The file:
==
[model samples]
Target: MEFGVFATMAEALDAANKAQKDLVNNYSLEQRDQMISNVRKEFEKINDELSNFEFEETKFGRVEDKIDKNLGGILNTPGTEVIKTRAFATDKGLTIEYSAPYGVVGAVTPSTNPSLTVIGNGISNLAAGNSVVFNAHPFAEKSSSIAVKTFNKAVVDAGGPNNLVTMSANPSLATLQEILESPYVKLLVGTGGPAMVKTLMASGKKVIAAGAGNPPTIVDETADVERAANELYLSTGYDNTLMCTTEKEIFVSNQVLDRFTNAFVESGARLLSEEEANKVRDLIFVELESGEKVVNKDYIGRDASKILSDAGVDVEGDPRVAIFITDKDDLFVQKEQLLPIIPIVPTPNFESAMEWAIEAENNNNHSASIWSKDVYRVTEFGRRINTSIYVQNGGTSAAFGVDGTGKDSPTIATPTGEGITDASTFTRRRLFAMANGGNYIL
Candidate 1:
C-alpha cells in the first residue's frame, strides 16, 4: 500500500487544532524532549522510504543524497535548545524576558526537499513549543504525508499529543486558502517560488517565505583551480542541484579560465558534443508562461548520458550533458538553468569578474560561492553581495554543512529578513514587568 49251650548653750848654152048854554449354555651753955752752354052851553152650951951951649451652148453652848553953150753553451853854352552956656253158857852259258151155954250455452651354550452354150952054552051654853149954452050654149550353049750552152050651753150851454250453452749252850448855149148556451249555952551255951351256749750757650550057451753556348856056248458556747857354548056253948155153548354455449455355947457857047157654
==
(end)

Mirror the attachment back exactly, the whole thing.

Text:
[model samples]
Target: MEFGVFATMAEALDAANKAQKDLVNNYSLEQRDQMISNVRKEFEKINDELSNFEFEETKFGRVEDKIDKNLGGILNTPGTEVIKTRAFATDKGLTIEYSAPYGVVGAVTPSTNPSLTVIGNGISNLAAGNSVVFNAHPFAEKSSSIAVKTFNKAVVDAGGPNNLVTMSANPSLATLQEILESPYVKLLVGTGGPAMVKTLMASGKKVIAAGAGNPPTIVDETADVERAANELYLSTGYDNTLMCTTEKEIFVSNQVLDRFTNAFVESGARLLSEEEANKVRDLIFVELESGEKVVNKDYIGRDASKILSDAGVDVEGDPRVAIFITDKDDLFVQKEQLLPIIPIVPTPNFESAMEWAIEAENNNNHSASIWSKDVYRVTEFGRRINTSIYVQNGGTSAAFGVDGTGKDSPTIATPTGEGITDASTFTRRRLFAMANGGNYIL
Candidate 1:
C-alpha cells in the first residue's frame, strides 16, 4: 500500500487544532524532549522510504543524497535548545524576558526537499513549543504525508499529543486558502517560488517565505583551480542541484579560465558534443508562461548520458550533458538553468569578474560561492553581495554543512529578513514587568 49251650548653750848654152048854554449354555651753955752752354052851553152650951951951649451652148453652848553953150753553451853854352552956656253158857852259258151155954250455452651354550452354150952054552051654853149954452050654149550353049750552152050651753150851454250453452749252850448855149148556451249555952551255951351256749750757650550057451753556348856056248458556747857354548056253948155153548354455449455355947457857047157654